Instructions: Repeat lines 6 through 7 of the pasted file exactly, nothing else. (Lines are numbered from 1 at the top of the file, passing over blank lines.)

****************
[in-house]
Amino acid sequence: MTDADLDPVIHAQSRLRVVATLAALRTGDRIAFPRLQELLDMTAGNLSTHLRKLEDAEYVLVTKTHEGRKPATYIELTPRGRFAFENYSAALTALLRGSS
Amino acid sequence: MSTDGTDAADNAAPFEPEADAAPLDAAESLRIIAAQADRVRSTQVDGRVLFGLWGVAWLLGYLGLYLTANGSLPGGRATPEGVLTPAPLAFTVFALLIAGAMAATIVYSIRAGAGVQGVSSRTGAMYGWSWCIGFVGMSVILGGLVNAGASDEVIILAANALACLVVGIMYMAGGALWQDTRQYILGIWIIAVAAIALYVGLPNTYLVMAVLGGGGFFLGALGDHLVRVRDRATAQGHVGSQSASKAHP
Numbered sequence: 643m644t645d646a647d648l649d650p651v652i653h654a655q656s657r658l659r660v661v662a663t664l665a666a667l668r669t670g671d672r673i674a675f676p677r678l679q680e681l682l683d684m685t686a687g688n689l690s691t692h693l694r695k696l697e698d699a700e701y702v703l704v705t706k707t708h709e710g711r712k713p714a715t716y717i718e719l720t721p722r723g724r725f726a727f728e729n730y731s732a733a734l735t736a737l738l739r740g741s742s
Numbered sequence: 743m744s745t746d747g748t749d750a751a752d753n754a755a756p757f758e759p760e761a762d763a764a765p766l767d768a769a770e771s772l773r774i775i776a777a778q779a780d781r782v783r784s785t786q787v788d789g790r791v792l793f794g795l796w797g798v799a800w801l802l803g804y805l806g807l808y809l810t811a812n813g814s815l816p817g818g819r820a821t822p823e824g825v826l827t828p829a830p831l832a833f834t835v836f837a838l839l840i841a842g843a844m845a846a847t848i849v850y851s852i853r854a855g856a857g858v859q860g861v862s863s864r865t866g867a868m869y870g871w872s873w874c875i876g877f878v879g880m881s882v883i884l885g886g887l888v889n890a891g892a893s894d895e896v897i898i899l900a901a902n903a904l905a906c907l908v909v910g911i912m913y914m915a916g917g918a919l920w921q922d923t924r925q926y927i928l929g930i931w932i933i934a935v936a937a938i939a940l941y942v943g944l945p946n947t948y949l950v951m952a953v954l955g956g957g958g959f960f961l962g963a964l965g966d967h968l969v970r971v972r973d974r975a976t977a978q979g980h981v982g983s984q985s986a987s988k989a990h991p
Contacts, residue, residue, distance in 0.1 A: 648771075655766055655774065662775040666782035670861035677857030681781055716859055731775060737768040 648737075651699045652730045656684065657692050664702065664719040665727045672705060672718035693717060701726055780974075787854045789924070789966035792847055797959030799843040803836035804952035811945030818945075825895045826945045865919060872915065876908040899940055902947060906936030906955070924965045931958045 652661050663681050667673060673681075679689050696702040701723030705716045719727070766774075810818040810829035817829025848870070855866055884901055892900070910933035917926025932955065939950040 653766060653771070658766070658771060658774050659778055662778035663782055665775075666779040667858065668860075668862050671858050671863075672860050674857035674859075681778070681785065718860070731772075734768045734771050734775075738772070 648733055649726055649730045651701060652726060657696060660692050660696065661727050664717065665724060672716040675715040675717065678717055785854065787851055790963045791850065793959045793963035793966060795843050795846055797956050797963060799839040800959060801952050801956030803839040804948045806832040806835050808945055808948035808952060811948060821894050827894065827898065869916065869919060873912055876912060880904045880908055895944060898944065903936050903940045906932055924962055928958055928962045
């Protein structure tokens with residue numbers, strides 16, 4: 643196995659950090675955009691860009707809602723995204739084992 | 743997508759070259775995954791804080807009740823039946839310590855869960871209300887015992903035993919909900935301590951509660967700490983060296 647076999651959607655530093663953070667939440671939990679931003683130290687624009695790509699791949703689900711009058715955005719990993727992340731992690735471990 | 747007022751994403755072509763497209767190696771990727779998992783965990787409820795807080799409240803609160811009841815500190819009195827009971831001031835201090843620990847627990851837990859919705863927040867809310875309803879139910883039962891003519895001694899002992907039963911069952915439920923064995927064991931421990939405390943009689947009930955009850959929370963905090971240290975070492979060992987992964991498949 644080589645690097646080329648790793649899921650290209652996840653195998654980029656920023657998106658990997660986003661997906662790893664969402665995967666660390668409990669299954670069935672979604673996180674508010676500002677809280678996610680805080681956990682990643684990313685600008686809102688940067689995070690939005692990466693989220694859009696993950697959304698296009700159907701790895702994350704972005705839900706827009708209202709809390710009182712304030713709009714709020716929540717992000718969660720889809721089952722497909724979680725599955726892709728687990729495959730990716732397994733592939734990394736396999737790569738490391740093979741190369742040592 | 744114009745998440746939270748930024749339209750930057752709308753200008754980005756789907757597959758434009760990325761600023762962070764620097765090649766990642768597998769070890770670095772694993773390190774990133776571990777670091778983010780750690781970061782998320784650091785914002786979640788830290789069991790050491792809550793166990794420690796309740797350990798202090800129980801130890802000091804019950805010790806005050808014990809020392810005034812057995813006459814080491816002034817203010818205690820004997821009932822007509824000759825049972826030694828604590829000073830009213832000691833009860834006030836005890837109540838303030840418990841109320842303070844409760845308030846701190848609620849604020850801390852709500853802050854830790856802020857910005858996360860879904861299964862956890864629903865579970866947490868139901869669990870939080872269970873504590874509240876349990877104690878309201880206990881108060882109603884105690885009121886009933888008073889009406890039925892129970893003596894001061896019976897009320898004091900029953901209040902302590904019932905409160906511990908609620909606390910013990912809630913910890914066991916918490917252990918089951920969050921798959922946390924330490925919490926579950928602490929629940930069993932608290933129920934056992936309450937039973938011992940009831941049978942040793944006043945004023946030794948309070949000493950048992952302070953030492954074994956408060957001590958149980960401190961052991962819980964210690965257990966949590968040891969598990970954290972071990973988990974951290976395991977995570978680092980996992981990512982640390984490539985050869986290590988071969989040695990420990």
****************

Contacts, residue, residue, distance in 0.1 A: 648771075655766055655774065662775040666782035670861035677857030681781055716859055731775060737768040 648737075651699045652730045656684065657692050664702065664719040665727045672705060672718035693717060701726055780974075787854045789924070789966035792847055797959030799843040803836035804952035811945030818945075825895045826945045865919060872915065876908040899940055902947060906936030906955070924965045931958045 652661050663681050667673060673681075679689050696702040701723030705716045719727070766774075810818040810829035817829025848870070855866055884901055892900070910933035917926025932955065939950040 653766060653771070658766070658771060658774050659778055662778035663782055665775075666779040667858065668860075668862050671858050671863075672860050674857035674859075681778070681785065718860070731772075734768045734771050734775075738772070 648733055649726055649730045651701060652726060657696060660692050660696065661727050664717065665724060672716040675715040675717065678717055785854065787851055790963045791850065793959045793963035793966060795843050795846055797956050797963060799839040800959060801952050801956030803839040804948045806832040806835050808945055808948035808952060811948060821894050827894065827898065869916065869919060873912055876912060880904045880908055895944060898944065903936050903940045906932055924962055928958055928962045
């Protein structure tokens with residue numbers, strides 16, 4: 643196995659950090675955009691860009707809602723995204739084992 | 743997508759070259775995954791804080807009740823039946839310590855869960871209300887015992903035993919909900935301590951509660967700490983060296 647076999651959607655530093663953070667939440671939990679931003683130290687624009695790509699791949703689900711009058715955005719990993727992340731992690735471990 | 747007022751994403755072509763497209767190696771990727779998992783965990787409820795807080799409240803609160811009841815500190819009195827009971831001031835201090843620990847627990851837990859919705863927040867809310875309803879139910883039962891003519895001694899002992907039963911069952915439920923064995927064991931421990939405390943009689947009930955009850959929370963905090971240290975070492979060992987992964991498949 644080589645690097646080329648790793649899921650290209652996840653195998654980029656920023657998106658990997660986003661997906662790893664969402665995967666660390668409990669299954670069935672979604673996180674508010676500002677809280678996610680805080681956990682990643684990313685600008686809102688940067689995070690939005692990466693989220694859009696993950697959304698296009700159907701790895702994350704972005705839900706827009708209202709809390710009182712304030713709009714709020716929540717992000718969660720889809721089952722497909724979680725599955726892709728687990729495959730990716732397994733592939734990394736396999737790569738490391740093979741190369742040592 | 744114009745998440746939270748930024749339209750930057752709308753200008754980005756789907757597959758434009760990325761600023762962070764620097765090649766990642768597998769070890770670095772694993773390190774990133776571990777670091778983010780750690781970061782998320784650091785914002786979640788830290789069991790050491792809550793166990794420690796309740797350990798202090800129980801130890802000091804019950805010790806005050808014990809020392810005034812057995813006459814080491816002034817203010818205690820004997821009932822007509824000759825049972826030694828604590829000073830009213832000691833009860834006030836005890837109540838303030840418990841109320842303070844409760845308030846701190848609620849604020850801390852709500853802050854830790856802020857910005858996360860879904861299964862956890864629903865579970866947490868139901869669990870939080872269970873504590874509240876349990877104690878309201880206990881108060882109603884105690885009121886009933888008073889009406890039925892129970893003596894001061896019976897009320898004091900029953901209040902302590904019932905409160906511990908609620909606390910013990912809630913910890914066991916918490917252990918089951920969050921798959922946390924330490925919490926579950928602490929629940930069993932608290933129920934056992936309450937039973938011992940009831941049978942040793944006043945004023946030794948309070949000493950048992952302070953030492954074994956408060957001590958149980960401190961052991962819980964210690965257990966949590968040891969598990970954290972071990973988990974951290976395991977995570978680092980996992981990512982640390984490539985050869986290590988071969989040695990420990």